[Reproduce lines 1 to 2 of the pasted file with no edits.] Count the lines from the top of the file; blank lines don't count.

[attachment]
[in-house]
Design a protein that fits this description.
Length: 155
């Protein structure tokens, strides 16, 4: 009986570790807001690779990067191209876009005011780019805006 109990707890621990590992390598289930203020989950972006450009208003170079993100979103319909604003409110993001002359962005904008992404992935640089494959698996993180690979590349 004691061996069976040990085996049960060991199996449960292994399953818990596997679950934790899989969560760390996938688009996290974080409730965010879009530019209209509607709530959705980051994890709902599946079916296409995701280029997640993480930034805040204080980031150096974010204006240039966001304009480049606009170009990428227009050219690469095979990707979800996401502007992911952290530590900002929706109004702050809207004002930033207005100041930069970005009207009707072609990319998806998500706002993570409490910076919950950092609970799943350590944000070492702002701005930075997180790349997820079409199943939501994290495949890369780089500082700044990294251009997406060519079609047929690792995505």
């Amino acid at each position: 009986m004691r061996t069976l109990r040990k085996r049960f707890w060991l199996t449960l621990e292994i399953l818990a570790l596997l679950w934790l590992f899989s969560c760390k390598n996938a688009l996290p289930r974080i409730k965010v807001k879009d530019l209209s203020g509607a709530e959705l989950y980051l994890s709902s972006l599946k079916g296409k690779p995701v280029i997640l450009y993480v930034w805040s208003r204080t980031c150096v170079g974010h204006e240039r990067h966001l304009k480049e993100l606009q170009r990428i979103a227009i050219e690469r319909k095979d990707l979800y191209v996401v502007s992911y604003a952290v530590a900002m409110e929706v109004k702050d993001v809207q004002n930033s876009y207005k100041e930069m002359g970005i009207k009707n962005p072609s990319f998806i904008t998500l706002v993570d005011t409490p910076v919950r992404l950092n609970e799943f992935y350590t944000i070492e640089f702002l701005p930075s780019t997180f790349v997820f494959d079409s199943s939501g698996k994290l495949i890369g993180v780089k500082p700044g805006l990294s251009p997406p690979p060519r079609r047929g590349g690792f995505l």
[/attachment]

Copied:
[in-house]
Design a protein that fits this description.